Individual differences in affective and cognitive processing of musical pitch
OppiaineMusic, Mind and Technology (maisteriohjelma)Master's Degree Programme in Music, Mind and Technology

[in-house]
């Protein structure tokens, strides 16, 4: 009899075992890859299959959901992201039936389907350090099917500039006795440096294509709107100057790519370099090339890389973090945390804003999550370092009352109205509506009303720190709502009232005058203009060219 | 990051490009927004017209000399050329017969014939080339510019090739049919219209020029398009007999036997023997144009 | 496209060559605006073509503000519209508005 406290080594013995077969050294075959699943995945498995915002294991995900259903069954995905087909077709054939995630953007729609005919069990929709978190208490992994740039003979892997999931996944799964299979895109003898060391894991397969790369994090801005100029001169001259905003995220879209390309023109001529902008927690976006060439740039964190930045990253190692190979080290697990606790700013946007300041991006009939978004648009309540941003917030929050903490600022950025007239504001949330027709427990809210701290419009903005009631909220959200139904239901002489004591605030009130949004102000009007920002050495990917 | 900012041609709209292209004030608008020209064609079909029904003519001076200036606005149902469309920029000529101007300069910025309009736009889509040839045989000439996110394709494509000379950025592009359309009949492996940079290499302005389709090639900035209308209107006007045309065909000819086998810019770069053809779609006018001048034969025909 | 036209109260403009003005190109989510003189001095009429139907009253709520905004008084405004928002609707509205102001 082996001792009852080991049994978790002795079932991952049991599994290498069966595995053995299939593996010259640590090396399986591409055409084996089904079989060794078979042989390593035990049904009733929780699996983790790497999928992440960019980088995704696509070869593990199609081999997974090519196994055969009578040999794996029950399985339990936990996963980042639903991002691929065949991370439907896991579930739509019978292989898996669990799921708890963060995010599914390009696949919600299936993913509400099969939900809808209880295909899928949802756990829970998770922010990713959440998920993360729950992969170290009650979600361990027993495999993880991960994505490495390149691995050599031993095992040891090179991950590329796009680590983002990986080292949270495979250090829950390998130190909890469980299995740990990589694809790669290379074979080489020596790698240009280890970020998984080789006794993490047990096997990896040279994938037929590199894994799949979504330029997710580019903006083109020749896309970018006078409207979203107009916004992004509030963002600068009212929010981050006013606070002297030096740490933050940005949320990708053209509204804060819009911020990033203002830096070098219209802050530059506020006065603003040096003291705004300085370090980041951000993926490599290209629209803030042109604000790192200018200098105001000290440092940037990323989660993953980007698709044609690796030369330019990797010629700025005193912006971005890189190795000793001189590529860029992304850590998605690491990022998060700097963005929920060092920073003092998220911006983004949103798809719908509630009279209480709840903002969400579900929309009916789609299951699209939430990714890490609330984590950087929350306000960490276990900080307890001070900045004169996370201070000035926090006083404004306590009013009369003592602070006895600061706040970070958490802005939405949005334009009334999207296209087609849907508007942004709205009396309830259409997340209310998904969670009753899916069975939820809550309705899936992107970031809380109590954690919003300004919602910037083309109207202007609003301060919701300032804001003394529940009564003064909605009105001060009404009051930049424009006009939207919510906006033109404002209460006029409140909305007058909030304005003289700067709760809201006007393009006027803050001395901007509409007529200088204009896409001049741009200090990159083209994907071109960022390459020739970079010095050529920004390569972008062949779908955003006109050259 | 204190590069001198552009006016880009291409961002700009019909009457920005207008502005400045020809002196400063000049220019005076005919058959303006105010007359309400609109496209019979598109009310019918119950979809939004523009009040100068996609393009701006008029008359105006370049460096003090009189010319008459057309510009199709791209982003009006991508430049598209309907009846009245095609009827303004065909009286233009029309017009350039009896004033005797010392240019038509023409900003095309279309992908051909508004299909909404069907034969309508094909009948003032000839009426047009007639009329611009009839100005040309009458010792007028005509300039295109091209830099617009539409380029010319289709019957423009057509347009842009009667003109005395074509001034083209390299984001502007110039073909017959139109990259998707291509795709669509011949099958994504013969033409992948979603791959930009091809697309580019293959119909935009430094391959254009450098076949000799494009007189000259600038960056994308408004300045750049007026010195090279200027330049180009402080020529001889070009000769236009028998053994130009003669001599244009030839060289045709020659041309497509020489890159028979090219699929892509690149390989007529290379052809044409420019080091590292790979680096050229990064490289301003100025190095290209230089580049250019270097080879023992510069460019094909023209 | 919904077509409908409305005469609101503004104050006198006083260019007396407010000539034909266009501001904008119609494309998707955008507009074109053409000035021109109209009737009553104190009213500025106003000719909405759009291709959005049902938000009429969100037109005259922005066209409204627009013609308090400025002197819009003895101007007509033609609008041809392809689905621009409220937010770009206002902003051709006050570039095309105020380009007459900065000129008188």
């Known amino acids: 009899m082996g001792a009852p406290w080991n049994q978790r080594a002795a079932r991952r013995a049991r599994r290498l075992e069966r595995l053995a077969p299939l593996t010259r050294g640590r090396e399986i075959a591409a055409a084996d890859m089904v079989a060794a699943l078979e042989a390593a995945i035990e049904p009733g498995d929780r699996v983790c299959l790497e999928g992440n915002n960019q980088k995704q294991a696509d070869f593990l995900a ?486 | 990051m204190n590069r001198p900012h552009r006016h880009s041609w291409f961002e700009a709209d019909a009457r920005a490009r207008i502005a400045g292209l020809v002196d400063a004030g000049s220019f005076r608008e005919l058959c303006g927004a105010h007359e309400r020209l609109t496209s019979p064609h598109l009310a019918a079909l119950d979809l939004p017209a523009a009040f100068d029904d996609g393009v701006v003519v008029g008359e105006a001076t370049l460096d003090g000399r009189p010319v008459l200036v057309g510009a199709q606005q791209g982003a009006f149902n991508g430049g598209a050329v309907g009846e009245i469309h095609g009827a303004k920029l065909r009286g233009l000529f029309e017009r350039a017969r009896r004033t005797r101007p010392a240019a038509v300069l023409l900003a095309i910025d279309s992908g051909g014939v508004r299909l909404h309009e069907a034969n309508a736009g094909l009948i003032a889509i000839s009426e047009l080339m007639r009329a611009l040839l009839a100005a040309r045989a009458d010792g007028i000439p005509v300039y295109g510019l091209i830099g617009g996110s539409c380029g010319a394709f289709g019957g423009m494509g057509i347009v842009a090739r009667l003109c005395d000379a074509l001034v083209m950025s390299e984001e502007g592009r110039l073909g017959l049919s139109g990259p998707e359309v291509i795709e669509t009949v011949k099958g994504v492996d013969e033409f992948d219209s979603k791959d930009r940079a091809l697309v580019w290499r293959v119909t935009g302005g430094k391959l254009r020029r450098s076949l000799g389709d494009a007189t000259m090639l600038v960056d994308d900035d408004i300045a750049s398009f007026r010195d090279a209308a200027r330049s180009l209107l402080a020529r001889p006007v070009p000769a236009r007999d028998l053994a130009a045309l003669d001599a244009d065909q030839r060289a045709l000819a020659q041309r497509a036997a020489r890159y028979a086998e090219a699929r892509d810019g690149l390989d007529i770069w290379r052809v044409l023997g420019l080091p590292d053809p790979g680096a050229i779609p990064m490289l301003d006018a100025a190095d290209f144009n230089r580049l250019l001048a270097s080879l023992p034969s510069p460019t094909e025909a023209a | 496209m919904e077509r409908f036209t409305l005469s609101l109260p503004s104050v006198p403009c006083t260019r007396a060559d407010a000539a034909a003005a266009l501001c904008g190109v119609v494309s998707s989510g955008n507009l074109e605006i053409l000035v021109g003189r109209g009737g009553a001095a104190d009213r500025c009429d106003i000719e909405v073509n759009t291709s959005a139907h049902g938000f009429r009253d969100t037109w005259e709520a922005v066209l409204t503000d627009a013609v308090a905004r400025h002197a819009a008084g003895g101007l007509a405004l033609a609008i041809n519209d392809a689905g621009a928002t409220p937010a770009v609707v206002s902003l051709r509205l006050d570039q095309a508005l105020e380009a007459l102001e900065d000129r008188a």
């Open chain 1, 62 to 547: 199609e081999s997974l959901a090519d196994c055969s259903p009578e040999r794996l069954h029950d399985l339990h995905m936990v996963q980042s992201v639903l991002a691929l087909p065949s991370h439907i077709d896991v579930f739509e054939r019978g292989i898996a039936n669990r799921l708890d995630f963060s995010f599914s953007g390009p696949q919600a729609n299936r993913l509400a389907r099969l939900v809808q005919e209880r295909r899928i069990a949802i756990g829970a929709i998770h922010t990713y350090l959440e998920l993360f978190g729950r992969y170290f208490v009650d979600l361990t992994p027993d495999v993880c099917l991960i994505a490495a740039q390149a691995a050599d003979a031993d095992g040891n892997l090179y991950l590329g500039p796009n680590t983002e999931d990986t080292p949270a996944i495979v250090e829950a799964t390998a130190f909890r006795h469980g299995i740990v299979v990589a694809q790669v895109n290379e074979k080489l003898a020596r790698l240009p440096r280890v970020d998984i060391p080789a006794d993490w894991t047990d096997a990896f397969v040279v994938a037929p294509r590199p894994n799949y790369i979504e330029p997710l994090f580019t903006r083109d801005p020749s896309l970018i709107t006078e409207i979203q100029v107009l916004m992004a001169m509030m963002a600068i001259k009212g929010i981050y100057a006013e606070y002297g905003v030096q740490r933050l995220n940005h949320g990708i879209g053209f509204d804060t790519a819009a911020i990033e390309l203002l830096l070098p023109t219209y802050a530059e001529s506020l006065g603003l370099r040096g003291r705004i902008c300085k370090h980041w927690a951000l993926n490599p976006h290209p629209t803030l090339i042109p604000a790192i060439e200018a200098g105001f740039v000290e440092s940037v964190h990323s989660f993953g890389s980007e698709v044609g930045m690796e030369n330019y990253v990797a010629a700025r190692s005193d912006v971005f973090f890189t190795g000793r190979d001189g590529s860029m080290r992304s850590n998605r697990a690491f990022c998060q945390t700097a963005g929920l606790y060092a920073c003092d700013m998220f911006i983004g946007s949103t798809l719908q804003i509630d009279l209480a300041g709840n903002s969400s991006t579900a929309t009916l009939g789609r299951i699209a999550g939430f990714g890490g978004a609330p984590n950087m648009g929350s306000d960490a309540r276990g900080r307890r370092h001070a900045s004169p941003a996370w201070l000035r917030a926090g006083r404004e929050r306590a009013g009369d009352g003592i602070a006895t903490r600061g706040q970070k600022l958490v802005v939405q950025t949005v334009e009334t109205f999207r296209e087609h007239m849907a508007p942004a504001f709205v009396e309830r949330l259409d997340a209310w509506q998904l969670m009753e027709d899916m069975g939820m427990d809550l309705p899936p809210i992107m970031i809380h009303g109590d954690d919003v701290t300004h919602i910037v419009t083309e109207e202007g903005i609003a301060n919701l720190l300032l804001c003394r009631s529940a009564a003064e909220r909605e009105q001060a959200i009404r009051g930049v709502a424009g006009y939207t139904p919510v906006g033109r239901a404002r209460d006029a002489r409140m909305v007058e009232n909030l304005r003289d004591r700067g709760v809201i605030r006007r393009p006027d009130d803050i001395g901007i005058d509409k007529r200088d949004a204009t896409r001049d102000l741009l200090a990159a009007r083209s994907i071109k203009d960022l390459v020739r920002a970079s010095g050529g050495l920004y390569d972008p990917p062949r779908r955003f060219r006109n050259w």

Musical pitch processing has been studied extensively, but rarely in the context of affective pitch processing, or of individual differences in pitch processing. In this study, participants answered surveys measuring personality and empathy dimensions. They then listened to tonal chord sequences to determine whether they sounded correct or incorrect, and whether they sounded happy or sad, while electroencephalogram (EEG) was recorded. The last chord of each sequence could be either incorrect (containing one note which is out of tune) or correct (containing no such mistuning), and affective content was varied by having sequences resolve in major and minor modes. Personality dimension agreeableness correlated positively with the frequency of musical emotion ratings that agree with music theory. A number of other individual difference variables correlated with EEG amplitudes. Early (300-500ms) electrical brain responses differentiated major-mode, correctly tuned target chords from other target chords. Later (600-800ms, 900-1100ms, 1600-1800ms) electrical brain responses differentiated correctly and incorrectly tuned target chords. This study lends moderate evidence for systematic individual differences in pitch processing. Also, it appears as though the mode of mistuned target chords can modulate brain responses to tuning violations through either sensory or affective processes. ...
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